Those working for the public sector will be alright and MPs will be very well taken care of but the rest of us, thanks to this government's inept handling have very little to look forward to when retiring. Those of us who have been 'prudent' and saved will have absolutely no help from the 'caring' Labour Government or any other one for that matter. Very little incentive to save in reality.
I have no problem with having a private pension. I do have an issue with paying into it for my whole life, and if I die the day after I take my pension, the whole thing goes to the life company and my family gets nothing. This does not encourage people to save. How does the government propose to deal with this?
Natalie Gist, UK
The return of capital after death for over 75s seem a good idea-especially as many will probably be still working near that age in the years to come. I am disappointed that the proposed choice of the return of capital for those who have small private pensions choice does not look like being implemented for April 2006.
M Monaghan, London
I would welcome anything which made the options for saving for pensions easier to understand and the ideas mentioned in the Rights of Savers Bill seem very sensible.
My problem is that I just don't have enough free income to save for retirement. My wife and I earn reasonable salaries and live a pretty frugal life. Even so, by the time we have paid off the mortgage each month, paid the bills, fed and clothed ourselves and our daughter, and met the extortionate train fares to get to work, there is nothing left to save. A realistic proposal to control public expenditure and cut taxes, helping us find free income to save, would make a good accompaniment to this bill.
Martin Moore, Worthing
The pensions crisis is the sole responsibility of Gordon Brown. The politicians voted themselves extra funds to close a hole in their pension pot - how did Malcolm Rifkind vote then may I ask?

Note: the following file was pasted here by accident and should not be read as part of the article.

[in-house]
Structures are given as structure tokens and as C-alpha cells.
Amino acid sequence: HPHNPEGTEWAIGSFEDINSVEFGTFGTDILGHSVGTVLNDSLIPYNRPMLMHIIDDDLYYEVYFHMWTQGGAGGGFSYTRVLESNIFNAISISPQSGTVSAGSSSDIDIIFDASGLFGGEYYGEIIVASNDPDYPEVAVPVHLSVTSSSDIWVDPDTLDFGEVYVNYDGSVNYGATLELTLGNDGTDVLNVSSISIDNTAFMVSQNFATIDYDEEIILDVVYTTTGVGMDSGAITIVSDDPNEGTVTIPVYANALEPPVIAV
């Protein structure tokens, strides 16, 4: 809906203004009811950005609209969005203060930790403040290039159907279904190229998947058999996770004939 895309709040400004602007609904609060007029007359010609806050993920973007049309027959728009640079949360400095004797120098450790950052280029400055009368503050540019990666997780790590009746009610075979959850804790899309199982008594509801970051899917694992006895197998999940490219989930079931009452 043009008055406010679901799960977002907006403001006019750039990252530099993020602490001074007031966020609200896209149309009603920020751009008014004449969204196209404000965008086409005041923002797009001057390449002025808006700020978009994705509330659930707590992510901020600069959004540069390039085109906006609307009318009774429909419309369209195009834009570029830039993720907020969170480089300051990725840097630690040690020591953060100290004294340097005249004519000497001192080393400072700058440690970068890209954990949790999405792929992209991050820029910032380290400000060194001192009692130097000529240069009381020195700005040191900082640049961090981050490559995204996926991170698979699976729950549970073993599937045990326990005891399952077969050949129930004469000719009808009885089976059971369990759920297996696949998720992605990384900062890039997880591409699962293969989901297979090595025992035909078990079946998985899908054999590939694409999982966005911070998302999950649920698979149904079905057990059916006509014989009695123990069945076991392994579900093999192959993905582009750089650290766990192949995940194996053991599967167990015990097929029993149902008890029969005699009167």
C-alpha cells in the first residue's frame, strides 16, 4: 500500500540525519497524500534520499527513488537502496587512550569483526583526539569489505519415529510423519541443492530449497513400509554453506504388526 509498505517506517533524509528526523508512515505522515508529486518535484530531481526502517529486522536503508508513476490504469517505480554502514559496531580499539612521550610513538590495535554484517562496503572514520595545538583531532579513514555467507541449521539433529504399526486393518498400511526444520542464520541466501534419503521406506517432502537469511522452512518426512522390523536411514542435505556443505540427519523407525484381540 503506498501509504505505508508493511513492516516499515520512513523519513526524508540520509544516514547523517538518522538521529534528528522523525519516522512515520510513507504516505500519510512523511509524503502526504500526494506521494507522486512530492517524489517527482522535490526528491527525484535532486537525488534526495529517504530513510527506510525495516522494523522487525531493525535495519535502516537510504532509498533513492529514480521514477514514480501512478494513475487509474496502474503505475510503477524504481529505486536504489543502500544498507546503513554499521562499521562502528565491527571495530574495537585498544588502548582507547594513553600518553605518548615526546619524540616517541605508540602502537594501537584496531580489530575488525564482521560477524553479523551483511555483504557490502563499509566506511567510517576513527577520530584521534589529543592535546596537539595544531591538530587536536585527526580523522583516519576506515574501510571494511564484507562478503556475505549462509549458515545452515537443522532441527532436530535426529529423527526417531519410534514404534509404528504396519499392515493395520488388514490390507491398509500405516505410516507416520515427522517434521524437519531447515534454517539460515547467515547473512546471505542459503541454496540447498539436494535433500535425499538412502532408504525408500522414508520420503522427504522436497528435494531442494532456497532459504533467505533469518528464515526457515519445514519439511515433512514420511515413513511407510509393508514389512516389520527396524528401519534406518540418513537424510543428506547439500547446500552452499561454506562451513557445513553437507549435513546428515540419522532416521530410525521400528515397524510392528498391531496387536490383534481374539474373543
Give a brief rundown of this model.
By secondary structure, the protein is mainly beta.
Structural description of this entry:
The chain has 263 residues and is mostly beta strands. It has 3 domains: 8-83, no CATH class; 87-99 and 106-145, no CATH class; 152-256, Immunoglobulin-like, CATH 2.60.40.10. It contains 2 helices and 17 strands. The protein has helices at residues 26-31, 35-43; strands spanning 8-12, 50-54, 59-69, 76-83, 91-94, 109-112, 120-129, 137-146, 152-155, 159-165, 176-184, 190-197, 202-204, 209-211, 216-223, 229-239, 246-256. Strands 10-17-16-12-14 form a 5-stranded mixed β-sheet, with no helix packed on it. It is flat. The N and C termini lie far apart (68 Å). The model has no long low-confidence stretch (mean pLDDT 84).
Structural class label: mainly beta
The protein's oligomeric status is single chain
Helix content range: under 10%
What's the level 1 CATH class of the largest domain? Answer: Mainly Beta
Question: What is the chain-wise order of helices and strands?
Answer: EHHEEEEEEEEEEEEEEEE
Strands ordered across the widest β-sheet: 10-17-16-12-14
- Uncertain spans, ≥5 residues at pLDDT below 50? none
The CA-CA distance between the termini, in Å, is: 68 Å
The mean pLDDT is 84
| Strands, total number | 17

I would like the chancellor to repay the money he has taken/stolen from the pension scheme fund profits, this would help reduce the deficit, this would certainly encourage me to pay more into my works scheme. To be honest the issue of pensions being taxed needs reviewing, pensions should be ring fenced.
My employer provides a good group pension scheme, this will be a start for my later years. In the meantime I will be investing in property. I really do fear for my financial stability when retirement age comes. Come on Mr Blair - buck up your ideas.
I saved £200 per month for my pension then I was made redundant. And I can't claim benefits because I have too much in savings. Meanwhile those who cannot be bothered can claim up to the hilt - a complete waste of time.
Geoff Gwillym, London
When MPs vote for huge inflation proofed pay rises and pensions for themselves it ill becomes them to tell the rest of us how to save. Why should we - let the state provide as they take everything we have anyway. They could start by reducing their perks in that respect and perhaps, just perhaps, they might be listened to.
Bob Makay, Aberdeen
I do not pay into any form of pension. I paid into a final salary scheme for 16 years and that is under threat. The combination of insecurity, pensions mis-selling scandals, high management charges, Gordon Brown dipping his hand into pensions and the inability to withdraw money once it is paid in is a strong disincentive. I prefer to save money in my own choice of investments where, although I don't get the (now greatly reduced) tax benefits it is at least under my control.
Kate Corwyn, UK
So many of today's youth are not bothered about making pension plans. What will happen to all those that have not bothered when they reach pensionable age? Have the government made contingencies for this or will there be masses of old folk on the streets? They have to live, but how? It will surely mean a massive rise in social security handouts, which in turn will cause rises in taxes for us responsible people.